“No man has the right to be an amateur in the matter of physical training. It is a shame for a man to grow old without seeing the beauty and strength of which his body is capable.” -Socrates
On a recent 1800 mile road trip, I found my thoughts wandering to the state of physical fitness in our country. By a myriad of both quantifiable and qualitative metrics and a legion of studies, physically fit people earn more money, have a generally higher sense of self worth, and strangers even believe them to have better leadership.
In the days of our ancestors, physical fitness was a sign to potential mates that we could survive catastrophe, provide for our family, and defend our home. Genetically, we are hard-wired to seek out and our own definition of “fit” and strive to obtain it ourselves.
So why the obesity epidemic? Why the increasing millions worldwide with sedentary-related disease, illness, and hardship unheard of mere generations ago?
Perhaps the answer is information overload. Maybe in trying to chase the promise of a Perfect Solution we ignore what we already know.
Here, as I condensed it in my mind are the three rules by which we ought to abide if we strive for Fitness.
1. Stop doing the things that make you weak.
At this point is anyone shocked to hear that sugary drinks, consumed regularly, contribute directly to obesity and diabetes?
Is anyone hearing for the first time that there’s a direct correlation between smoking and unhealthy lungs?
Do you believe that the family size bag of chips you bought to eat while you sit on your couch and watch football will contribute to your well-being?
Are the hours each day spent staring at screens–phone screens, TV screens, computer screens, video games–the very reason you “can never find the time” to work out?
Take five minutes and consider the things you do that make you weak. My mind runs over just typing this about the very things I know contribute to my own weakness, yet I continue to do them.
2. Do the things you KNOW you should be doing
You possess, at your very fingertips more training advice and free workout plans and diets than all of humanity ever combined has ever known. How can I be so sure? You’re reading this online.
I know I should eat healthier, I can simply google and read for 15 minutes. Shopping lists, budget considerations, and food preparation tips, detailed by experts and free for your use, if you chose to do what you knew you should be doing.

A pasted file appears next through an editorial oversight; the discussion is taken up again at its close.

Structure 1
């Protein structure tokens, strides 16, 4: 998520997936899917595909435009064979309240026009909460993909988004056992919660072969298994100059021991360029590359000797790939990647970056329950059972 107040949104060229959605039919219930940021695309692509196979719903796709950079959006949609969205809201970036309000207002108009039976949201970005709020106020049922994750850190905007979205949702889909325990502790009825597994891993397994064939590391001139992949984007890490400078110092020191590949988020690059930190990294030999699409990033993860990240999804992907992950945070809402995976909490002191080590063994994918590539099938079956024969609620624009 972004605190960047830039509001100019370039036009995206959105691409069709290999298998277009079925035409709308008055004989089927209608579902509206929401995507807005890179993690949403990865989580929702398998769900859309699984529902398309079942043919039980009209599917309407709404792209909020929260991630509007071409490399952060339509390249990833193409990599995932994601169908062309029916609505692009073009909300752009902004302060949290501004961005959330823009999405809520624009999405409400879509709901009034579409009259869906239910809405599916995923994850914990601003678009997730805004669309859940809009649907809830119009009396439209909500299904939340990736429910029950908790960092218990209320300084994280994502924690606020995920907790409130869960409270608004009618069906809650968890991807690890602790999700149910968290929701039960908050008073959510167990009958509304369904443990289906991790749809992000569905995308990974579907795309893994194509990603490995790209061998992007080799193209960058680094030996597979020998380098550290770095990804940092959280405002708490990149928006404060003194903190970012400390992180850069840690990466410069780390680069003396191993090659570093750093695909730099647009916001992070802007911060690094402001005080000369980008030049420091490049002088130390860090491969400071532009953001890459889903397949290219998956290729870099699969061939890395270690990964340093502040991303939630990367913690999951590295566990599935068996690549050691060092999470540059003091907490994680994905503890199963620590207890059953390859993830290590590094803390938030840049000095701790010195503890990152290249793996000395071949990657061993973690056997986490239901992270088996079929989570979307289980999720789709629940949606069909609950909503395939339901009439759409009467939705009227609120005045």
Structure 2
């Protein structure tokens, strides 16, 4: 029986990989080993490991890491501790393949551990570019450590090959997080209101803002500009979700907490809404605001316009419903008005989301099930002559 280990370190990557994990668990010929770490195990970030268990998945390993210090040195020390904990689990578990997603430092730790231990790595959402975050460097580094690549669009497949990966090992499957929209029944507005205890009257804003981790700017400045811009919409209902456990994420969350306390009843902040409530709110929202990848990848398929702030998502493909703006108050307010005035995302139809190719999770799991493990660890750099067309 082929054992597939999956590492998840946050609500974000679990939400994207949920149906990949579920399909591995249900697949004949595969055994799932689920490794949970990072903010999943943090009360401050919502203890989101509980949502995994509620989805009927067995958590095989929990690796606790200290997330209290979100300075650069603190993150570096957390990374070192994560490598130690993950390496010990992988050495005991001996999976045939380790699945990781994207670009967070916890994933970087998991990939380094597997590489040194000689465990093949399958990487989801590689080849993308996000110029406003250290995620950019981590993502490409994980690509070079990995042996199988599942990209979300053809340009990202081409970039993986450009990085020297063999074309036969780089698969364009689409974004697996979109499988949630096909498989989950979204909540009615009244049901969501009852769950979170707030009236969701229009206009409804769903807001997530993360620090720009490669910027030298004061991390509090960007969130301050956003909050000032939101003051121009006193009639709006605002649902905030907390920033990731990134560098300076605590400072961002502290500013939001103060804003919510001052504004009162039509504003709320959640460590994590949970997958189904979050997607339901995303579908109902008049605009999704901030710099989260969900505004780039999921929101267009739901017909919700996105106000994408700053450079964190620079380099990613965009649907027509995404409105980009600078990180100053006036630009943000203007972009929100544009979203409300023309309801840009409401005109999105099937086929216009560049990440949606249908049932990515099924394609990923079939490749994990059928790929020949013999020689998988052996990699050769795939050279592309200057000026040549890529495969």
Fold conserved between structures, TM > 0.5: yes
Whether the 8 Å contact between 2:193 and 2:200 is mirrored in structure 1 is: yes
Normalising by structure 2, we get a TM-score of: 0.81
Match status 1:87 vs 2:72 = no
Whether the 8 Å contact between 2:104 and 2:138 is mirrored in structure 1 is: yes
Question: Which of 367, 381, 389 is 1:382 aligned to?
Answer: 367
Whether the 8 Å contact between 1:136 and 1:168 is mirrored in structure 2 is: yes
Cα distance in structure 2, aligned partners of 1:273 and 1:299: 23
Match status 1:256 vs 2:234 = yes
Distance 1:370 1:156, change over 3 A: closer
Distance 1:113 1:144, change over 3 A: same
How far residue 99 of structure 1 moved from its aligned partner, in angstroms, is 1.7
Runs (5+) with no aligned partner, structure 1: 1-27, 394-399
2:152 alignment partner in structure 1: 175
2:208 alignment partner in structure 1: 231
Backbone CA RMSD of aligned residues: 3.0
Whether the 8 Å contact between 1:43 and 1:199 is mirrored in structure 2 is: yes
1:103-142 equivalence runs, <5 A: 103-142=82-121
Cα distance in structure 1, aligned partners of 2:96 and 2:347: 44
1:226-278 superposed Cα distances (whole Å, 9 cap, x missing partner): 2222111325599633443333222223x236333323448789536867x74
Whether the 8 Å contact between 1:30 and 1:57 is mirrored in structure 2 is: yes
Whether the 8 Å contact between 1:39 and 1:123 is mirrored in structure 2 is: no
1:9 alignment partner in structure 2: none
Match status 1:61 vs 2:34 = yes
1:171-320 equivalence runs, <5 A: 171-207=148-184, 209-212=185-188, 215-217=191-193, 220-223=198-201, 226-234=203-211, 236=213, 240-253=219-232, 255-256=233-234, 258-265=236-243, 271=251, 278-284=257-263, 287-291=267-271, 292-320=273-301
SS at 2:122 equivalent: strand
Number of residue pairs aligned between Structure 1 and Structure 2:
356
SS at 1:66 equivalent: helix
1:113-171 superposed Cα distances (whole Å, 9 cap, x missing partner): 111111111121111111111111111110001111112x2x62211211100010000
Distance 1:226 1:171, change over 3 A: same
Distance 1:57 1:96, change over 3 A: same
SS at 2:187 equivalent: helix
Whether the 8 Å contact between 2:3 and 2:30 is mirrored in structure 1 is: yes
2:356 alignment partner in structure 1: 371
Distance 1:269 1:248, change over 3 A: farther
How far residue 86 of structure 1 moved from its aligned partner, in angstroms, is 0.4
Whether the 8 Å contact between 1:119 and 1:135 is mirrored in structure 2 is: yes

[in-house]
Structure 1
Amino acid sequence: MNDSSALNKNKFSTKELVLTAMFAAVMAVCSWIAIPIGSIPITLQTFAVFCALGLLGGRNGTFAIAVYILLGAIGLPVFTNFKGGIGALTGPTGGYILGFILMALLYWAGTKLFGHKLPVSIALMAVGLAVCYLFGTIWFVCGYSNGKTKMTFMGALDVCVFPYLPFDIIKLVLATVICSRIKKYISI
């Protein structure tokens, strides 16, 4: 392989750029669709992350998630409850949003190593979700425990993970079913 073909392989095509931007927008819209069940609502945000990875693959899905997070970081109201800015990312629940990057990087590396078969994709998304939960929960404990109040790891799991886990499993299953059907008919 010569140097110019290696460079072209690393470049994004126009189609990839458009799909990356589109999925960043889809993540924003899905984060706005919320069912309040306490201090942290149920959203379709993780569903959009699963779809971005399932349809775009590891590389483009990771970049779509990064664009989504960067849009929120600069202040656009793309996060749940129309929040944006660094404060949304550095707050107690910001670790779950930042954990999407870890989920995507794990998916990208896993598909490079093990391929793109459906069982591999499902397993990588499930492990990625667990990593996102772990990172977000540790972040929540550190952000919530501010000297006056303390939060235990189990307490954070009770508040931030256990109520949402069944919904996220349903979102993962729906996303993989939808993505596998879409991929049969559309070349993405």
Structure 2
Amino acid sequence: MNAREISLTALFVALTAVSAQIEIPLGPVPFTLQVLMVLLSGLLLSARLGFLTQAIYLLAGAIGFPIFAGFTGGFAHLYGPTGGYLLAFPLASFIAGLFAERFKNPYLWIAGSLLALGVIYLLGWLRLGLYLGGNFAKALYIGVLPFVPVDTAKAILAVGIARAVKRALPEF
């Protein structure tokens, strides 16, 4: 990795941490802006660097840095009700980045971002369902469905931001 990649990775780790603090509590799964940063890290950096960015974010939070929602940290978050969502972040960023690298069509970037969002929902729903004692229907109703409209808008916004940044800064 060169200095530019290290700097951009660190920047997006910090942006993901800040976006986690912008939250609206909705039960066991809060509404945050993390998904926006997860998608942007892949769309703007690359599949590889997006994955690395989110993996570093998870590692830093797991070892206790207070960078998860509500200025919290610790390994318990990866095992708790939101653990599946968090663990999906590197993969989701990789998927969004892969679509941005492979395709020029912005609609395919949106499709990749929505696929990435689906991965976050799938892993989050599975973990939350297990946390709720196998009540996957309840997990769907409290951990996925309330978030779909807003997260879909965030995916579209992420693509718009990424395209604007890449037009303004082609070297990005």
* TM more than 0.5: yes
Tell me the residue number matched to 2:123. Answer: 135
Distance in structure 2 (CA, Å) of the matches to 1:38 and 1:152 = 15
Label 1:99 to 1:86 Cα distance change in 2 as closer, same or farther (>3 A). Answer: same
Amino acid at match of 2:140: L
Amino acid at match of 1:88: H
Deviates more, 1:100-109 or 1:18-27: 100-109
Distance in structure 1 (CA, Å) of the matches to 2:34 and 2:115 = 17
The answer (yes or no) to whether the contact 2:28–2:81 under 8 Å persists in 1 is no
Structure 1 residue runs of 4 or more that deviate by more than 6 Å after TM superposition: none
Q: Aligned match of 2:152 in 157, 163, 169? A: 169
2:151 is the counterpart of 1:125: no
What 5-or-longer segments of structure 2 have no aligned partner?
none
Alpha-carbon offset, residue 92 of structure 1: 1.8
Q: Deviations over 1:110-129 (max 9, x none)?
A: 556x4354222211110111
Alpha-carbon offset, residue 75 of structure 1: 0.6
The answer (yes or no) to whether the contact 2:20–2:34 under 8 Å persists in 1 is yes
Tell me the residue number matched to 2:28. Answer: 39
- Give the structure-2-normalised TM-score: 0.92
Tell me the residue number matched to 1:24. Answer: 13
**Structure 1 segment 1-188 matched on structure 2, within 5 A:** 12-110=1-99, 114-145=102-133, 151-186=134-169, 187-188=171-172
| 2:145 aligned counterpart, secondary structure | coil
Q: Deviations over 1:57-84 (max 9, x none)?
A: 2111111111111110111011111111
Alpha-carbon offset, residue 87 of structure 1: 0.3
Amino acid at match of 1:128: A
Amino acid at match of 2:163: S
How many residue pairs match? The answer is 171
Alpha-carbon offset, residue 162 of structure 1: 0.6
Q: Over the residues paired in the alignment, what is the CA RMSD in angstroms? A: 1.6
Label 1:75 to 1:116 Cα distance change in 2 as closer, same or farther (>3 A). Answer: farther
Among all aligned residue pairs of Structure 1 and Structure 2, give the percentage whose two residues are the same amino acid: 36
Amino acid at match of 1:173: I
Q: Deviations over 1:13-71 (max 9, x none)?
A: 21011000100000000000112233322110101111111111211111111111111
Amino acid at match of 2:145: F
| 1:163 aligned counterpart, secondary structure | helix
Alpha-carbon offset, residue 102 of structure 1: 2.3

Say I don’t want to cough up the cash for a gym membership. Herschel Walker achieved a level of fitness that made him a Heisman trophy winner by doing push ups, pull ups, air squats and sprints. Those workouts are online free.
If I suffer from a genetic disorder or a thyroid condition or any of the other unfortunate diseases and afflictions that inhibit fitness, I can research and read of others or join an online community working together to solve our collective problem.
3. Give yourself a heaven to run toward and a hell to run away from
As an exercise, write down what your life could be like in three years if you stopped doing the things that make you weak and started doing what you know you should be doing. What would that person look like? What new things would they be able to do? What places would they be able to go to that are inaccessible to you as you write now? How would the way people perceive you change?
Now consider what your life would look like if you continue down the path of doing the things that you weak at an increased rate. If you continue to put off the things you know you should be doing, how bad can things get? How would you feel as you watch your life deteriorate with exponentially increasing rapidity?
Write down both, give them some thought, and set your aim on your goals. These goals are entirely by your own definition. Maybe you’re already in terrific shape and want to break a personal plateau. Maybe you’re so unfit that you’re completely bedridden, set a goal of standing on your feet, either assisted or unassisted. These goals are entirely up to you. Succeed by YOUR OWN DEFINITION OF FITNESS.
This article was difficult to write, not because I lack passion, but because I feel a personal indictment because there are many things I continue to do that make me weak. I fail to do many things that I know I should be doing. But there’s potential in that. The unknown potential contained in each of us cries out to be realized, if only we shift our aims and strive for our highest good.
Bonus: These rules apply to every aspect of your life.
Give it some thought. Let me know what you think, and seek greatness.